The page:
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This week I am honored to have been appointed to the Advisory Board of the Emma S. Barrientos Mexican American Cultural Center. I was elected Chair on Wednesday evening and wish to thank my fellow board members for the confidence expressed in their decision. I look forward to working with Laura Esparza, Herlinda Zamora, the board, staff and community stakeholders to advance the MACC during my tenure. Special thanks to Councilwoman Leslie Pool for nominating me to the board.
My page has traditionally been about the myriad of things that are of importance to me; references to my family, artwork, travels, interests, web pages I've built and manage and more. And it will remain so, however....
I am compelled by my recent work to use this space to talk about some of the things I've been doing during my employment with Texas Health Institute trying to get a Lay Caregiver Initiative off the ground. It has been a bit of a slow go, but I am finally seeing some movement in a positive direction. My intention is not to dwell on or chronicle my days work. Rather, I hope to share some of the things I've learn as I move further in to the world of Public Health that might be useful to you.
I recently went to Philly to participate in a training session and game play for My Gift of Grace, A Conversation Game for Living and Dying Well. Part of the Lay Caregiver Initiative is Education. So, we offer a couple of workshops for people to help them recognize that within each of us we have the ability to cope with the difficulties life hands us and to learn what is needed to put one's advance directives together. Both of these workshops offer lots to the folks that attend them, however to complete one's advance directives they have to think and talk about death. Not an easy subject when it is focused on you and your loved ones. The On the Road, Advance Directives workshop and it accompanying workbook, conducted and authored for us by Amy Praskac is great.
My Gift of Grace can be a great addition. It's like a traditional game, printed cards, wooden chips and well thought or directions. I love that if it's a "tie" at the end the elder at the table serves as the judge. And the winner is determined not by how many chips they accumulated but by a flip of a coin at the beginning of the game where the result is hidden under a Point Card until the end. Heads, the guy with the most chips wins, tails and it's the one with the least or no chips!
As if that wasn't enough there's also a Community Card that helps determine when to end the game. The questions on the cards are well thought out to illicit very high quality conversation about a very difficult subject, end of life. I truly appreciate the values represented in the game. It was developed by three young guys that call themselves Common Practice and ActionMill. The game is one of their products. They consider themselves a human-centered design firm.
It's the good kind of social engineering. Like the stuff that so many of us have done over the years with cultural development projects. While I was in Philly I couldn't help but to think about our dear friend Lilly Yeh and the Village of Arts and Humanities and Barefoot Artists. And just down the road in Pittsburg is Bill Strickland, the daddy of micro-businesses with Manchester Craftsmen's Guild and Bidwell Training Center. It's all good stuff.
I'll end this chapter by encouraging all of my family, friends and visitors to consider exploring their advance directives. It's so much more than walking around saying "I want to be cremated." So I purposefully only placed three links in this writing in hope that they will help you on your way.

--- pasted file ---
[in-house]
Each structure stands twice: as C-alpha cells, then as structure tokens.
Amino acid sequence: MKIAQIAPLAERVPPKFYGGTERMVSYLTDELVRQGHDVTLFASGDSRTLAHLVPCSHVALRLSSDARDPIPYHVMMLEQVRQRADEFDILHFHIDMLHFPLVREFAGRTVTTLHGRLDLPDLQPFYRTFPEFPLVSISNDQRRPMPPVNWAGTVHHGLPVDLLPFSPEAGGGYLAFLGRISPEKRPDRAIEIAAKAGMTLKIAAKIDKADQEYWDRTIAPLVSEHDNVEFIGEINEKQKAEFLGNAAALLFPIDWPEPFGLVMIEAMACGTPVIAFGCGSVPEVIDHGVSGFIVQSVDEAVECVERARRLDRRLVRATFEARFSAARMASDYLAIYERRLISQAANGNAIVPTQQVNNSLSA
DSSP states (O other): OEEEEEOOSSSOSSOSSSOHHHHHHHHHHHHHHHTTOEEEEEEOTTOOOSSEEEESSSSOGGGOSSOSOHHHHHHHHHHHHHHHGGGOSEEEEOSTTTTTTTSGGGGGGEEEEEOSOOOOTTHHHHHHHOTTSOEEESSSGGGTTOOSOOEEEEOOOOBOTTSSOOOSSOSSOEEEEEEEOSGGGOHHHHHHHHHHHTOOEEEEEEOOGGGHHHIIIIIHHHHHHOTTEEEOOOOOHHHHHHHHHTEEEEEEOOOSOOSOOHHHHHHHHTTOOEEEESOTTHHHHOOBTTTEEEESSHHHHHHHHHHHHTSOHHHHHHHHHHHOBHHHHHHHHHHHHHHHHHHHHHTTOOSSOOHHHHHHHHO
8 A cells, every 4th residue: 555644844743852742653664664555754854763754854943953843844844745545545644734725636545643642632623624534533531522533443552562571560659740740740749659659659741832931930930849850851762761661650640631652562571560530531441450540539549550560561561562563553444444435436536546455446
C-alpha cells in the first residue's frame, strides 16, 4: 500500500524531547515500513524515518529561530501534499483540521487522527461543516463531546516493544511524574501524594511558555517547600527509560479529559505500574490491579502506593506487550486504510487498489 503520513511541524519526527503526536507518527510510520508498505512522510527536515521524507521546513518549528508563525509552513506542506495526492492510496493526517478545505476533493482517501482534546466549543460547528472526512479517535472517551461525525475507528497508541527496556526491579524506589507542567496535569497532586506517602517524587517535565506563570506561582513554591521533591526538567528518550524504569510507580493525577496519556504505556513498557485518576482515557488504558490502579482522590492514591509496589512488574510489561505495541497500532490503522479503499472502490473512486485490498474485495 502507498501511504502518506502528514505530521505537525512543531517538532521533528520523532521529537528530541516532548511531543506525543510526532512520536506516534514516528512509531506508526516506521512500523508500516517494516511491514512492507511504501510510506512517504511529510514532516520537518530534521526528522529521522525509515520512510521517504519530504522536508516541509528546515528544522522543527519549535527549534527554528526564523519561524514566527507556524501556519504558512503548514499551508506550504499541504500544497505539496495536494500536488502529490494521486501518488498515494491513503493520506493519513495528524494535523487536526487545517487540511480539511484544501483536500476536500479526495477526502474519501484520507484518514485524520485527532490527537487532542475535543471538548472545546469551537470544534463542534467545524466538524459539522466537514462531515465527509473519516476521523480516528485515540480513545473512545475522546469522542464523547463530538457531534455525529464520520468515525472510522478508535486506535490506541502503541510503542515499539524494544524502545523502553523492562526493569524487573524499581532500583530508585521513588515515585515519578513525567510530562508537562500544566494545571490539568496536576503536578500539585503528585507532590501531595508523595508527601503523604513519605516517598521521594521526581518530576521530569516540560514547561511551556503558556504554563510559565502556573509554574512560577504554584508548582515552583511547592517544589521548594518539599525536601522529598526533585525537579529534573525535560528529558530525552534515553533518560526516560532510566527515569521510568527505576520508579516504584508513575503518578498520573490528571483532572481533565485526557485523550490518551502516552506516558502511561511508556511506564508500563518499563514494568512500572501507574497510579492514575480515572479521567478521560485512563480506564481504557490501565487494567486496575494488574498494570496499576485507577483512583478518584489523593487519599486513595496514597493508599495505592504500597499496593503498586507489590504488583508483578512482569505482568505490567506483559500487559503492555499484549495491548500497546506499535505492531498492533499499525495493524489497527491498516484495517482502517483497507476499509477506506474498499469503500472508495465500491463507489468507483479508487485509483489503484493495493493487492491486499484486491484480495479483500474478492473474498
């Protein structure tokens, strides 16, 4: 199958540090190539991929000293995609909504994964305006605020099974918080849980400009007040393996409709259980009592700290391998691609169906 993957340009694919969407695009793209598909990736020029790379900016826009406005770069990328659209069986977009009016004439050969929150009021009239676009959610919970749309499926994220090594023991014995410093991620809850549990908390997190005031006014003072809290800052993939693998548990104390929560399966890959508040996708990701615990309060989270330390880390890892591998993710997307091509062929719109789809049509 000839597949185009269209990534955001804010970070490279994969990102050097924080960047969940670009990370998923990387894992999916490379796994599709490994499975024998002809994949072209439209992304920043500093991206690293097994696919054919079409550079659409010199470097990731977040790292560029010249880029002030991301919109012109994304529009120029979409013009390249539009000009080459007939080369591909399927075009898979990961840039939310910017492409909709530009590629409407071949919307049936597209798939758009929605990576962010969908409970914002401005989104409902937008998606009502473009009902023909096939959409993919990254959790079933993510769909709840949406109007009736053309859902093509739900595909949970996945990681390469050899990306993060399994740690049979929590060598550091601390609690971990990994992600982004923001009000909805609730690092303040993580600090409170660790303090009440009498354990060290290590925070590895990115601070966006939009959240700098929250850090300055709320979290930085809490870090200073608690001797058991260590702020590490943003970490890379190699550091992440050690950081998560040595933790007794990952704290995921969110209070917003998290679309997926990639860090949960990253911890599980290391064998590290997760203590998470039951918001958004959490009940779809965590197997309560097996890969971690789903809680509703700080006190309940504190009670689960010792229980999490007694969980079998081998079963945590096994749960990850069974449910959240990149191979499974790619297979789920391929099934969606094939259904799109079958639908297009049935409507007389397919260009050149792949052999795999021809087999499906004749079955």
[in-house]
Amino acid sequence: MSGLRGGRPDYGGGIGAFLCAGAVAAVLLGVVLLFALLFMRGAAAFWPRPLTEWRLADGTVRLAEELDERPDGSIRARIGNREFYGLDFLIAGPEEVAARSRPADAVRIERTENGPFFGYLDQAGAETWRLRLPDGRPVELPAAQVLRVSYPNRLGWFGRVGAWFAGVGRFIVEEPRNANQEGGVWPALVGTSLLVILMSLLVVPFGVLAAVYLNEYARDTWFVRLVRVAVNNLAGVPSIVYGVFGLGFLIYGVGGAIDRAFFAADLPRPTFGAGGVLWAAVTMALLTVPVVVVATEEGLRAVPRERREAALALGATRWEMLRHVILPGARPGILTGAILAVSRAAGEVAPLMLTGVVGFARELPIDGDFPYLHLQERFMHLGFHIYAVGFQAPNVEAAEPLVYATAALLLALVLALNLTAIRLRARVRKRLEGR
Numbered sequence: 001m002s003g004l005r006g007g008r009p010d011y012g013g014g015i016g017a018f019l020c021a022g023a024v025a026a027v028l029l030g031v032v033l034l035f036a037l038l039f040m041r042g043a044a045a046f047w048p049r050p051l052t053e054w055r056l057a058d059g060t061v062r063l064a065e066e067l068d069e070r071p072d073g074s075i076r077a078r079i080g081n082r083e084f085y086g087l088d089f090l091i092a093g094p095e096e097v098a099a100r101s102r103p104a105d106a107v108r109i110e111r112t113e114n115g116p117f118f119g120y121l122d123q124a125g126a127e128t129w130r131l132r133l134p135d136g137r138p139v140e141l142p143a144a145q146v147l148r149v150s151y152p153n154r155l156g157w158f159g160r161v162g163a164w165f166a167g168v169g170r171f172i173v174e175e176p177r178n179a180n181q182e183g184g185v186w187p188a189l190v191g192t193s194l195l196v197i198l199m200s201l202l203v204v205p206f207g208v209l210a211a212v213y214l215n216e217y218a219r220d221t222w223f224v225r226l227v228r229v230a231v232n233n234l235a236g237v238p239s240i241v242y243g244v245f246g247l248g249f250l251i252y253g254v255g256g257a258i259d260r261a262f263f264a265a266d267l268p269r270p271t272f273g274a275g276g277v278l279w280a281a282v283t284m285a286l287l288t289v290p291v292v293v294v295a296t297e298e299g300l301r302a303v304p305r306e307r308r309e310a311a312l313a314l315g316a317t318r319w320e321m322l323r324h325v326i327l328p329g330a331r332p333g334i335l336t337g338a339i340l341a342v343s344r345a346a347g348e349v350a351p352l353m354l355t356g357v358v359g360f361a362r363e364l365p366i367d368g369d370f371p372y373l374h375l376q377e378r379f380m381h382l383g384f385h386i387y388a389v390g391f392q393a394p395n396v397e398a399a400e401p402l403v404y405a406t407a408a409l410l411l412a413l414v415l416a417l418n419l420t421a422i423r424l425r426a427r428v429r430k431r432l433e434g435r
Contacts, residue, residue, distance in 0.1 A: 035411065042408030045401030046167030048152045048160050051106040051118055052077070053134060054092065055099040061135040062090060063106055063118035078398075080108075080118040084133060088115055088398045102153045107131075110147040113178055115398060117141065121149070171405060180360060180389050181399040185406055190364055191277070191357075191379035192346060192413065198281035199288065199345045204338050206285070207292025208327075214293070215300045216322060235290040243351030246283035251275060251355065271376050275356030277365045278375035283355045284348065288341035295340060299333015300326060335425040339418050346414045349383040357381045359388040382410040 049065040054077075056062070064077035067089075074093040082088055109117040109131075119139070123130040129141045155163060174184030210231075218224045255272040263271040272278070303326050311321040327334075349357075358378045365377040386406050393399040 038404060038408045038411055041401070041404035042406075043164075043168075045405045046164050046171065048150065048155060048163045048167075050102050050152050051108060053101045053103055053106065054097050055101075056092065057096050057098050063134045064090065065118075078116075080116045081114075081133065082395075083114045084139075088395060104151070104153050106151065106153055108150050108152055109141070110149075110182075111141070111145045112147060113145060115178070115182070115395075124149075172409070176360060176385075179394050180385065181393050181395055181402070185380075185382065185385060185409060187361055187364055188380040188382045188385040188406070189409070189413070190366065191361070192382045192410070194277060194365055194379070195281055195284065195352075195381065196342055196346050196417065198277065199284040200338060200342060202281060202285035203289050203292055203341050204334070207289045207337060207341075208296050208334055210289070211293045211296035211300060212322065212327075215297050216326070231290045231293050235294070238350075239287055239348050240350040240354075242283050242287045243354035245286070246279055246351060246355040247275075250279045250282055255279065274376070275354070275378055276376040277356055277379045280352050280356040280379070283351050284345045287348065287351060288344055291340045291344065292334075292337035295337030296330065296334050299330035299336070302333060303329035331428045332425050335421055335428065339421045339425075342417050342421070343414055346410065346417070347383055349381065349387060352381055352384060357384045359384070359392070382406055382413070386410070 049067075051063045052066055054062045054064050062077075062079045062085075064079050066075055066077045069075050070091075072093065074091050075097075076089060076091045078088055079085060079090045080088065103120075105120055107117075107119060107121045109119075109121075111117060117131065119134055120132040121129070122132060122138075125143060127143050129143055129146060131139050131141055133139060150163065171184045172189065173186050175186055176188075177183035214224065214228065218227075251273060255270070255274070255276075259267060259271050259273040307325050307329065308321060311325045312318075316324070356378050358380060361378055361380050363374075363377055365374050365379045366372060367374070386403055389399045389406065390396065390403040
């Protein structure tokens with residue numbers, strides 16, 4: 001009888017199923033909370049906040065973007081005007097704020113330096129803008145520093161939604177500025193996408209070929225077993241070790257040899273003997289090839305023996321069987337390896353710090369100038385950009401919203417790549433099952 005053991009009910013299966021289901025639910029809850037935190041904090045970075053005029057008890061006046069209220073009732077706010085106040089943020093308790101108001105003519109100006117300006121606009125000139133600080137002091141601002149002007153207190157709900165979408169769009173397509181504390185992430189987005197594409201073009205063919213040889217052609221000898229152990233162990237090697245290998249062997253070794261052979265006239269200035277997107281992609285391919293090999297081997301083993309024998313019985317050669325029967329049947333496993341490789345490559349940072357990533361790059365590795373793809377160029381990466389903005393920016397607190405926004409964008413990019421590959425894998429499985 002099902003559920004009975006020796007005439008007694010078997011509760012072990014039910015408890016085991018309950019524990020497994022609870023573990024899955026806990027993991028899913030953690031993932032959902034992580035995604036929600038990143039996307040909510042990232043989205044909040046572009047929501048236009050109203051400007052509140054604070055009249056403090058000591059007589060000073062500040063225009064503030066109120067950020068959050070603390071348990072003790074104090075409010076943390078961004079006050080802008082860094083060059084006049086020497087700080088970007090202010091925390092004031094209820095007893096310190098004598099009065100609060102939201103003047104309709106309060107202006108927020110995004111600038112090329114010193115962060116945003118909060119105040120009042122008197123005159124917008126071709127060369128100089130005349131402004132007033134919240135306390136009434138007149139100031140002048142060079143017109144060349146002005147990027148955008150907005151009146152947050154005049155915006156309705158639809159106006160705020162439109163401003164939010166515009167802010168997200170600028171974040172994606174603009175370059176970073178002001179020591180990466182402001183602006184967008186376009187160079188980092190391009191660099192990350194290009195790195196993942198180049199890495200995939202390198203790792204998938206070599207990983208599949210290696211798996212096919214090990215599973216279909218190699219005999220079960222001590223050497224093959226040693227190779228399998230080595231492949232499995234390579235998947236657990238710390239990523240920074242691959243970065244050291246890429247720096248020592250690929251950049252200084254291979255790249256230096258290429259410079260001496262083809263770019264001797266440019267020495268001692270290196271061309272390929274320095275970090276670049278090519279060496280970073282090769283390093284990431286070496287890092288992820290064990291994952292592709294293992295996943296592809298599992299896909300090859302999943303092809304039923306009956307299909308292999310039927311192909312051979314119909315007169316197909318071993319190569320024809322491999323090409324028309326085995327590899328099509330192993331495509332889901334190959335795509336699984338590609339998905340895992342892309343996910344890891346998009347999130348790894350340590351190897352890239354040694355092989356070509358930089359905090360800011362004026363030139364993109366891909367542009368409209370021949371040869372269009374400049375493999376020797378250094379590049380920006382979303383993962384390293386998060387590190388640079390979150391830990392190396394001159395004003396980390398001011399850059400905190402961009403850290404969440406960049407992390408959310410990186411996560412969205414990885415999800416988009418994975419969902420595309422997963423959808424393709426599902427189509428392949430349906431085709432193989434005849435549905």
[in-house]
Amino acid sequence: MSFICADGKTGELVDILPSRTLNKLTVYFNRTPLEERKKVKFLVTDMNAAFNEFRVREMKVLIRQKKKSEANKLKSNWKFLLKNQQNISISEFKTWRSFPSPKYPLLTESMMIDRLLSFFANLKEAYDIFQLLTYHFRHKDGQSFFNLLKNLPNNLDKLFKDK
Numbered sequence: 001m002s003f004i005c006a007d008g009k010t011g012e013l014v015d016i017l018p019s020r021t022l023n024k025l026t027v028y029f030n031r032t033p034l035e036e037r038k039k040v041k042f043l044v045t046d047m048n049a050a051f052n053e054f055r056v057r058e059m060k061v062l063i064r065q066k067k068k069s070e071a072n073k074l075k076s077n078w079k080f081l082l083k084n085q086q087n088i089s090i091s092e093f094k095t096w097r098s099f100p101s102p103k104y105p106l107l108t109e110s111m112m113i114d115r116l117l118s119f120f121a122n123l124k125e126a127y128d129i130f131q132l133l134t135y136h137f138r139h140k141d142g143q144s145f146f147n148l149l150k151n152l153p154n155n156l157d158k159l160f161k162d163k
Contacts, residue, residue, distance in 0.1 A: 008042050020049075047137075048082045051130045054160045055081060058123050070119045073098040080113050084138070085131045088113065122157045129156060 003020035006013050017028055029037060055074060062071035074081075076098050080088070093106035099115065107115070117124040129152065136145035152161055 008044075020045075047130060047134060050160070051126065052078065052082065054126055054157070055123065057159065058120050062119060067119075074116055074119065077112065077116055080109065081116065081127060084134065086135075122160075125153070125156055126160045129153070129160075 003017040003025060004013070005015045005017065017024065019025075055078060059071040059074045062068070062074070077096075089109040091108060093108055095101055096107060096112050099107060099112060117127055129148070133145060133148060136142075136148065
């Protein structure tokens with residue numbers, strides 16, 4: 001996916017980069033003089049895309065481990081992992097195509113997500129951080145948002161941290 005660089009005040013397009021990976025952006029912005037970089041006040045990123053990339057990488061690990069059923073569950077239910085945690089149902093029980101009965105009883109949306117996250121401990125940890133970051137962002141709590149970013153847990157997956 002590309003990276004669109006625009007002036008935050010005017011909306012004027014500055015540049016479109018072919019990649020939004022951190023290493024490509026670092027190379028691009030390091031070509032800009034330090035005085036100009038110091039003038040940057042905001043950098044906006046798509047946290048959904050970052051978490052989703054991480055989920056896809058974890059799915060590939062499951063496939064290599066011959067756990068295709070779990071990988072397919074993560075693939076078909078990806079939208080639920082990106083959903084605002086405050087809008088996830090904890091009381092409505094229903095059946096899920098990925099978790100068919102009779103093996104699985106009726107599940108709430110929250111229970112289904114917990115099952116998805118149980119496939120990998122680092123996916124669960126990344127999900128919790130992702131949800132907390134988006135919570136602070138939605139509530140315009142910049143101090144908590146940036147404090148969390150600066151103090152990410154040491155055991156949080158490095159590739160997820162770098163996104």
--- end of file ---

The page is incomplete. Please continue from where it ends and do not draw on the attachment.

Shared with all of you with affection,
SCULPTURE & PAINTINGS
POTTERY, PAINTINGS & A POEM
CERAMIC PLATTERS & OTHER WORK
Mexican American Cultural Center
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My travels have taken me to the South Seas, England, the Netherlands, Mexico and Japan. The places that have impacted me most are in the South Pacific. There I have found people from which we have much to learn. Please enter these parts of my site for a glimpse at the people I have encountered and what they have taught me.
In September of 2000 I traveled as part of a Maori tour group to the 8th Festival of Pacific Arts and Culture in Noumea, New Caledonia.
|I'm pictured above at Taco Taco, the only "Mexican Food Restaurant" in Noumea. My traveling companions were primarily Maori artists, musicians and film people.|
Unlike, my initial trip to the 6th Festival in the Cook Islands, it was my engagement with these individuals and other Maori I met along the way that made this trip particularly special. The Festival activities were full of magical moments, as were New Zealand and New Caledonia. On the pages linked below I share a variety of images and stories from this experience.
The Journey Begins
The First Days
The Seafaring Tradition
(Click on Image)
The beach at Anse Vata on the southern end of Grande Terre, the mainland of New Caledonia.
(Click to See Related Ceramic Hearts)
After five years of retirement I have rejoined the workforce with the Texas Health Institute serving as the director of THI's Lay Caregiver Initiative.
In retirement I had the pleasure of serving as the studio assistant for Carolyn and Jose Vasquez, co-owners of Paloma's Nest an internet based business making Handcrafted Modern Heirlooms from ceramic and wood.
Prior to working for Ms. Vasquez I served in a variety of capacities at the Texas Commission on the Arts, from 1977 until August of 2007, when I retired as Executive Director.
Sites I've Made
Site last updated August 16, 2016
Content the Property of Ricardo Hernandez, All Rights Reserved © 2016